8:15 PM EST, CBS – Line: Patriots -13.5, Over/Under: 48
It’s a case of the Eternal Empire batting the Young Upstarts in the second entry in this Division Round Weekend, as the Top-Seeded New England Patriots host the surprising Tennessee Titans from Gillette Stadium, in Foxborough, Massachusetts, in a matchup that many are describing as one-sided as they come. After a 9-Year Drought, the Titans (9-7, 2nd in AFC South) have returned to the Playoffs in style, upsetting the Fourth-Seeded Kansas City Chiefs in last Saturday’s Wild Card Playoffs. Trailing 21-3 at Halftime, Tennessee slowly grinded their way back into the contest, outscoring the home side 19-0 in the Second Half, on the strength of some truly inspired pay from the likes of Marcus Mariota and Derrick Henry. Simply put, the pair of Heisman Winners were outstanding during this rally, with Mariota (62.0%, 3,232 YDS, 6.37 NY/A, 13 TD, 15 INT) overcoming a miserable First Half to complete 19-of-31 Attempts for 205 Yards, a pair of Touchdowns and an Interception, with the bizarre distinction of one of those Touchdown Passes being to himself, as the Third-Year Quarterback saw a pass deflected by a Chiefs’ Defender fall back into his arms, allowing him to barrel into the End Zone in one of the strangest plays that you’ll ever see on the grid iron. Henry (176 CAR, 744 YDS, 5 TD), on the other hand, was dominant throughout the affair, trampling Kansas City’s inept Defense to the tune of 156 Yards and a Touchdown on Twenty-Three Carries, accounting for Fifty-Eight Yards on his team’s epic, 17-Play, 8:29-Drive to begin the Third Quarter, which swung the momentum of the game into their favor. On the day, the Titans ended up possessing the ball for 32:28, churning out Twenty-Three First Downs, 397 Total Yards, including a whopping 202 on the ground, all the while masterfully converting on 8-of-13 Third Downs. Last Saturday’s win was significant for a variety of reasons, as the Titans earned their first Playoff Win since 2003, without the services of the other half of their dynamic Backfield Duo DeMarco Murray (184 CAR, 659 YDS, 6 TD), who missed the contest due to a lingering knee injury, with that reported Third-Degree MCL Tear sidelining him again for today’s meeting with the Patriots. It was also a big deal for Mike Mularkey, whose status as Head Coach had been on shaky ground for weeks, with reports out of Nashville claiming that if his charges couldn’t make any Postseason Progress then he would in all likelihood be relieved of his duties. Then again, that was the exact same case in their Season Finale 15-10 beating of the Jacksonville Jaguars, a triumph that officially punched their ticket to the Playoffs. In fact, mmediately after last weekend’s win, Titans Ownership publicly issued their confidence in the veteran skipper, though we all know just how easy it is for these individuals to change their minds. Either way, progressing any further into this Postseason will require something greater than their effort in the Second Half against Kansas City, though it would be unrealistic to believe that they would be able to overcome such a deficit once again, particularly in New England where the franchise hasn’t enjoyed any kind of success since 1993, when they were the Houston Oilers. Mularkey and his Staff must craft a Gameplan that will revolve around dominating Time of Possession, relegating one of the more prolific Offenses in the league to the sideline, while Mariota must play a major role against a Patriots’ Defense that was very susceptible to Mobile Quarterbacks this season (which we’ll dive more into shortly). The 24-Year Old is at his best when he’s able to break free from the Pocket, buying time for his Receiving Corps to break free of Coverage and get downfield. Even the threat of his mobility has proven enough to give opposing Defenses pause, particularly on Third Down, where he’s been nearly as efficient as his counterpart under Center in New England; Mariota has completed 55.3% of his Attempts on Third Down this season, passing for 899 Yards, with Four Touchdowns and Three Interceptions, all the while sporting 73.7 Passer Rating, ranking Sixth Overall, while rushing for another Seventy-Five Yards and a score in such situations. All in all, Hawaiian Native has personally converted on Third Down sixty-three times, making him a point of emphasis for the Patriots’ Defense, which is always among the league’s finest in terms of situational defending.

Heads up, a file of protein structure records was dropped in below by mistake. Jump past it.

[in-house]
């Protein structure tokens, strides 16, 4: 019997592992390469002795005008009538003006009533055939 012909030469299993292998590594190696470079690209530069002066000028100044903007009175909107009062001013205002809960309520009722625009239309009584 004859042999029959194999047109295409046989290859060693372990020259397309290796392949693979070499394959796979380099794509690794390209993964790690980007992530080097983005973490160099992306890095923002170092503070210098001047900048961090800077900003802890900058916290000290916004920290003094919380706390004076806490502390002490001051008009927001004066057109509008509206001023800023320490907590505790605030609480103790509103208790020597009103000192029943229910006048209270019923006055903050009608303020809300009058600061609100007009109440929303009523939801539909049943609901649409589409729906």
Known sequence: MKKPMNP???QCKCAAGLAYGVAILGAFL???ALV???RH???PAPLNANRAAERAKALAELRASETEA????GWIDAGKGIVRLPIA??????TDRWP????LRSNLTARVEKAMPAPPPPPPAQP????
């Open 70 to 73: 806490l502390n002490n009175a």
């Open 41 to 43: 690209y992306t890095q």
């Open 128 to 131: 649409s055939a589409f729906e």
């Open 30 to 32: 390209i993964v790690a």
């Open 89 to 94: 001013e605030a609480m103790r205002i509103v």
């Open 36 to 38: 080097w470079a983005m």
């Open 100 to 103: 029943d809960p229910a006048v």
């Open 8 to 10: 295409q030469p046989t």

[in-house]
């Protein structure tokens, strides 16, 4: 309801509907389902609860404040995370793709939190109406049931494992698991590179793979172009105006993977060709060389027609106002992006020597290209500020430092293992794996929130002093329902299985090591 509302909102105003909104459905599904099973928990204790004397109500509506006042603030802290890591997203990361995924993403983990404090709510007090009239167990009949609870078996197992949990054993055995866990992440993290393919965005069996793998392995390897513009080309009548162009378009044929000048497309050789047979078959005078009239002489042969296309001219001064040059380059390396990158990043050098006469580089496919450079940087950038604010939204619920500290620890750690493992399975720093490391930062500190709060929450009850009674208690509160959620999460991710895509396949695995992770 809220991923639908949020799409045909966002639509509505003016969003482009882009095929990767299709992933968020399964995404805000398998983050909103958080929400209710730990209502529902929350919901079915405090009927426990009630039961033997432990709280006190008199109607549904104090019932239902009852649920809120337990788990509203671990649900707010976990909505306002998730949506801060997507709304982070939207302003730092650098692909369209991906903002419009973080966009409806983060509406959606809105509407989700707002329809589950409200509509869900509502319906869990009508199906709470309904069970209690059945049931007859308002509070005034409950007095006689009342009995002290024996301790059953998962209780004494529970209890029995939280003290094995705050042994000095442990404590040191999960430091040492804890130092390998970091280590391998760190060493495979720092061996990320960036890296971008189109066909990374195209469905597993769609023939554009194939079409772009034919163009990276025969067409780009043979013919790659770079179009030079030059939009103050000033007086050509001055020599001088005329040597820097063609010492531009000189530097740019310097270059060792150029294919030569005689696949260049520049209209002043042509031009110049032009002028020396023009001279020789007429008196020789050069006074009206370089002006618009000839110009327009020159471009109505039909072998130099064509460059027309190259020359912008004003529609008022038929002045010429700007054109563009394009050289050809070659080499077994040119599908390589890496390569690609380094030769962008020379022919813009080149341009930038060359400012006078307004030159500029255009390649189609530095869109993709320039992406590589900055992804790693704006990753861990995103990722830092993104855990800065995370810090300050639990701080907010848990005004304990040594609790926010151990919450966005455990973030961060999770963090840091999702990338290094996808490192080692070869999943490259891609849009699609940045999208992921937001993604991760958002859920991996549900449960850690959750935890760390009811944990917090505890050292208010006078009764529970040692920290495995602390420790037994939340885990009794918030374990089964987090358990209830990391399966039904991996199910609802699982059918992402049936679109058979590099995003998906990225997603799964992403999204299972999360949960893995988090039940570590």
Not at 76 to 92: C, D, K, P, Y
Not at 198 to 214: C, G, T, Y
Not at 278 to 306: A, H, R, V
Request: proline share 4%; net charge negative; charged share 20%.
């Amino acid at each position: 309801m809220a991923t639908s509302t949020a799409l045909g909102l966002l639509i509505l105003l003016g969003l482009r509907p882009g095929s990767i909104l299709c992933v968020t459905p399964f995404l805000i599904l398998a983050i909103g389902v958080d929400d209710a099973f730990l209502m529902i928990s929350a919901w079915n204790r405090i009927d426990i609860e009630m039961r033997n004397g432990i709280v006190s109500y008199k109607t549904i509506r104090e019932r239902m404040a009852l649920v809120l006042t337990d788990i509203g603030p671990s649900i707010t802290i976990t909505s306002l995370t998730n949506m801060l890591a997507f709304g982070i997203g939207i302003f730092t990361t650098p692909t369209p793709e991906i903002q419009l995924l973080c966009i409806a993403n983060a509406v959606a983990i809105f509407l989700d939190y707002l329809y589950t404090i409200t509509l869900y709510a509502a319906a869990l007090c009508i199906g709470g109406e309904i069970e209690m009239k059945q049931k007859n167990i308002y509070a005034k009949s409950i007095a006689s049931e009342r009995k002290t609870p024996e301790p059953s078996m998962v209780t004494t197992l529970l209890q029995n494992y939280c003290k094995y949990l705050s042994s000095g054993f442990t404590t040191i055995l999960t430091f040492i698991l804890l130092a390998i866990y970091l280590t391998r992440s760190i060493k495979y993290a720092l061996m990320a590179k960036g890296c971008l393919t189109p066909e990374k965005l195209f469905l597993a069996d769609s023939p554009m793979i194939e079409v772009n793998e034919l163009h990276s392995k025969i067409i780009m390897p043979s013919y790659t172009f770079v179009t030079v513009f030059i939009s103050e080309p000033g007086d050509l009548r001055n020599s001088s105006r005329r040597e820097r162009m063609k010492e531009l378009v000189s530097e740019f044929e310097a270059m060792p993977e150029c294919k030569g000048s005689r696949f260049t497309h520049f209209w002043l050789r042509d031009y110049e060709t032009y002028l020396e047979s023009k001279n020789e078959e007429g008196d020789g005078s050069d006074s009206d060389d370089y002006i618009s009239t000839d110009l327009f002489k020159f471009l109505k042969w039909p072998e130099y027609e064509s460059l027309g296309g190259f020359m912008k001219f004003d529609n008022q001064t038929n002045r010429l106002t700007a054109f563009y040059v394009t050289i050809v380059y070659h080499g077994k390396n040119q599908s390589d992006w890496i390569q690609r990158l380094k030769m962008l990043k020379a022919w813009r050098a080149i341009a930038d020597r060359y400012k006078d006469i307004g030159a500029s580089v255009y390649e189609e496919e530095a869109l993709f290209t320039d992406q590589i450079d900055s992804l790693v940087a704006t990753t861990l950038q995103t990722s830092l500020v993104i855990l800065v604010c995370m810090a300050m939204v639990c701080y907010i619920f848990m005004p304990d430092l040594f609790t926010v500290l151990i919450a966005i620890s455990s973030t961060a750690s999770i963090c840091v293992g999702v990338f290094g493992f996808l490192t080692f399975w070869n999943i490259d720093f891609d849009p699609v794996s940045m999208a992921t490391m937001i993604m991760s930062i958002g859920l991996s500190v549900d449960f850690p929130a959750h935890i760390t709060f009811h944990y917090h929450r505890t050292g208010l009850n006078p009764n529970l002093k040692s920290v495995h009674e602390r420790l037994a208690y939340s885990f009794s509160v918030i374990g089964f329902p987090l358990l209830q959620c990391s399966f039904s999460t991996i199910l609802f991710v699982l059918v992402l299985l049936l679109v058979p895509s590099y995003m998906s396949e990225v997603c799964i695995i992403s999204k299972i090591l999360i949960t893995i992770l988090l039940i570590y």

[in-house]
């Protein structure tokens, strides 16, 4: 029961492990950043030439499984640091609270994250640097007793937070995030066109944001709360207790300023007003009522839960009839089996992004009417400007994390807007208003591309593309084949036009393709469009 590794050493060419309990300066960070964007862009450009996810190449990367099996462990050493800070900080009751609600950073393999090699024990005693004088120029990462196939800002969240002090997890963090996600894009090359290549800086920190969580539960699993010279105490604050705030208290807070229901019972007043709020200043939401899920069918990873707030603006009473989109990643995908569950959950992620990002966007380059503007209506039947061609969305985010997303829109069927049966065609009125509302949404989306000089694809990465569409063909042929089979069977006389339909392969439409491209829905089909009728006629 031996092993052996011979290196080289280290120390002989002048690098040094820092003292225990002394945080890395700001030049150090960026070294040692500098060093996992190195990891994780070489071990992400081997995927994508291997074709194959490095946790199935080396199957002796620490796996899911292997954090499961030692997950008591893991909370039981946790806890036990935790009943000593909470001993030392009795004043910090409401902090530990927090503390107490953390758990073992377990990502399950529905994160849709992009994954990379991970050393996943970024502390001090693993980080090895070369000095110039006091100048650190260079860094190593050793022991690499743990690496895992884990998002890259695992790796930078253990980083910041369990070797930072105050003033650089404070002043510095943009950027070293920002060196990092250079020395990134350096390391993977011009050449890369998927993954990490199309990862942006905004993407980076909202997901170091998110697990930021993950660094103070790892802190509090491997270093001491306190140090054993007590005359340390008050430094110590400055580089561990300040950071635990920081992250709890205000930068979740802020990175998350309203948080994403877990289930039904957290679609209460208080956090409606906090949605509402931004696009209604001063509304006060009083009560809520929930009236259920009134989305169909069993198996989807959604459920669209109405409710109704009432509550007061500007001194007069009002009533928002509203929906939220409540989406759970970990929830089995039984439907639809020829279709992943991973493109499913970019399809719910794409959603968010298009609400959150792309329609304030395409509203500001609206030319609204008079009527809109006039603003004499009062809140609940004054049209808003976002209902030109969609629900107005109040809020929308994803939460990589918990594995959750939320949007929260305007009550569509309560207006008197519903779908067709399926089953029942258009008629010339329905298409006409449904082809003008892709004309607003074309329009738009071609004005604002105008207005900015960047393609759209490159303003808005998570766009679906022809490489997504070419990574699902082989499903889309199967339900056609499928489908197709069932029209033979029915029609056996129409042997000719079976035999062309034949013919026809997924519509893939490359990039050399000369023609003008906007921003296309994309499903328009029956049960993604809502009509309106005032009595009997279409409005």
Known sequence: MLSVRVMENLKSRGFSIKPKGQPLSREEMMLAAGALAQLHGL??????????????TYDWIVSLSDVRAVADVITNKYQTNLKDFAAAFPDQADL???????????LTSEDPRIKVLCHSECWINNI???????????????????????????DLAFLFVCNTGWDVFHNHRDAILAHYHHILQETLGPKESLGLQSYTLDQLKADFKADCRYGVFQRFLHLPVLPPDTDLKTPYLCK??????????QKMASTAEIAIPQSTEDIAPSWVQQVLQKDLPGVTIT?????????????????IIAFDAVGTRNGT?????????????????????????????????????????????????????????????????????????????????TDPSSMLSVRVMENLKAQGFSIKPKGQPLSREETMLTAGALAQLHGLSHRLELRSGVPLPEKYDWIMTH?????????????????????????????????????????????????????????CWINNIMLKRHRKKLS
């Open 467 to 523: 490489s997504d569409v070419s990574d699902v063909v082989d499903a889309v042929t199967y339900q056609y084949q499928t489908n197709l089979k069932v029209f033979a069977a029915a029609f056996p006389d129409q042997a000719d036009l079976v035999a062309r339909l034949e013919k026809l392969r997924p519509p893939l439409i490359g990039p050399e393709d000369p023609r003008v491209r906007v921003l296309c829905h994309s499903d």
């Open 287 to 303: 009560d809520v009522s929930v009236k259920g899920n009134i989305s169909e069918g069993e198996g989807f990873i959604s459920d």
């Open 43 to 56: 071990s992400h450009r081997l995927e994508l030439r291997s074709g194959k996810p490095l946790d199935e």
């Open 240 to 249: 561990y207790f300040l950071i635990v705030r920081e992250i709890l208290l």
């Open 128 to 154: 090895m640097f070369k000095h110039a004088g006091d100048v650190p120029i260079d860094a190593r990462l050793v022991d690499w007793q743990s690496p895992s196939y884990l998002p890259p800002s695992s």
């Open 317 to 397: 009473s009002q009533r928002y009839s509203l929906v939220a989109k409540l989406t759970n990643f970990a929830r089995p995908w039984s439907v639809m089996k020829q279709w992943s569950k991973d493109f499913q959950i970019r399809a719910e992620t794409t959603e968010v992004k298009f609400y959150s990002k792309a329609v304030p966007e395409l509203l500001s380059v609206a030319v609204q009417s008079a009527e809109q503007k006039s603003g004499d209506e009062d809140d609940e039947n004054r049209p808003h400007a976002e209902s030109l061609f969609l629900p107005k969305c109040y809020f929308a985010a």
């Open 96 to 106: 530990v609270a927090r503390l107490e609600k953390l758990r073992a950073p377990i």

Meanwhile, it was a rougher week than expected for the Patriots (13-3, 1st in AFC East), despite the fact that they had the week off after capturing the No. One Seed in the AFC for the third time in the last four years. Controversy, dissension, and scandal were the words that ultimately described the news of the reported rift in the organization between their three pillars, namely Tom Brady, Bill Belichick, and Robert Kraft. It was a fascinating tale revolving around Brady’s desire to play well into his 40’s (which is unprecedented at his position), the role of his erstwhile Personal Trainer, whose influence in the Lockerroom has certainly ruffled the feathers of Belichick, and the fact that Kraft decreed that his longtime Head Coach swiftly trade Backup Quarterback (and presumed heir to Brady’s throne) Jimmy Garoppolo for just a Second Round Pick (seriously?), because Brady felt “threatened” by his understudy’s presence. While that is definitely a lot to digest, what makes the story so interesting is the fact that one of the most successful runs in sports history could be felled by nothing more than the disparate egos of three men, which is absolutely shocking given the franchise’s hallmarks of teamwork, chemistry, and unity, each of which serving as a foundational piece of the Patriot Way. Of course, this team has been no stranger to controversy over the years, with various scandals such as Spygate and Deflategate each occupying their own unique place in New England lore. However, what shouldn’t get lost in all of this is how they’ve oftentimes responded after such stories; after Spygate in 2006, the Pats went on a torrid, unbeaten run during the Regular Season, boasting a perfect 16-0 campaign before falling in sensational fashion in the Super Bowl, while just last year they overcame an early 4-Game Suspension to Brady (for his role in Deflategate) to author the greatest comeback in Super Bowl History, securing their fifth Lombardi Trophy since 2001. Granted, the timing of this report is very suspect, though most in the posrting world figure that they’ll take out their frustrations on the Titans, who at this point may simply be just happy to be in the Playoffs after such a long absence. Brady (66.3%, 4,577 YDS, 7.10 NY/A, 32 TD, 8 INT), in particular seems primed to explode, for at this point of his hallowed career, a Bye Week is likely just what his body needed. At the age of 40 and now in his eighteenth season, the 2-Time MVP has carried the weight of the Offense, a burden that isn’t necessarily ideal for a Quarterback in the twilight of his career; Brady led the NFL in both Passing Attempts (581) and Passing Yards (4,577) in 2017, steering an at times one-dimensional Offense to 28.6 Points (2nd Overall) on a league-best 406.8 Total Yards (1st Overall). With that said, the 13-time Pro Bowler certainly showed some wear and tear down the stretch, completing just 59.4% of his Attempts for an average of 236.3 Yards on 6.31 Net Yards per Attempt, with Six Touchdowns and Four Interceptions, while taking Eight Sacks for a loss of Forty-Three Yards. Pressure is something to keep an eye, for protecting him is of the utmost priority at this stage of the campaign; after being sacked a scant fifteen times in 2016, Brady was dropped thirty-five times this season, behind an Offensive Line that is missing Right Tackle Marcus Cannon (Ankle), who was placed on Injured Reserve. And speaking of pressure, New England must apply some of their own to the aforementioned Mariota, whose mobility poses a real challenge to Belichick and his charges. Early in the season when they were getting shredded on a weekly basis, the Patriots’ Defense was having the damnedest time bottling up Mobile Quarterbacks, with three specific examples coming to mind: Alex Smith, Deshaun Watson, and Cam Newton. In those contests, Brady & Co. went just 1-2, with the Defense yielding 371, 342, 360 Total Yards to those three Quarterbacks, who rushed for a cumulative Eighty-Eight Yards and a score, with their teams in general averaging 36.0 Points on 380.0 Total Yards. Furthermore, they simply couldn’t get off the field against those three opponents, with the Chiefs, Texans, and Panthers converting on 16-of-34 Third Downs, translating to 47.1%, which certainly runs counter to Belichick’s Gameplan. Granted, this unit has stiffened up mightily since their early struggles, but at the same time, they haven’t faced many mobile threats at that position over the remainder of the season.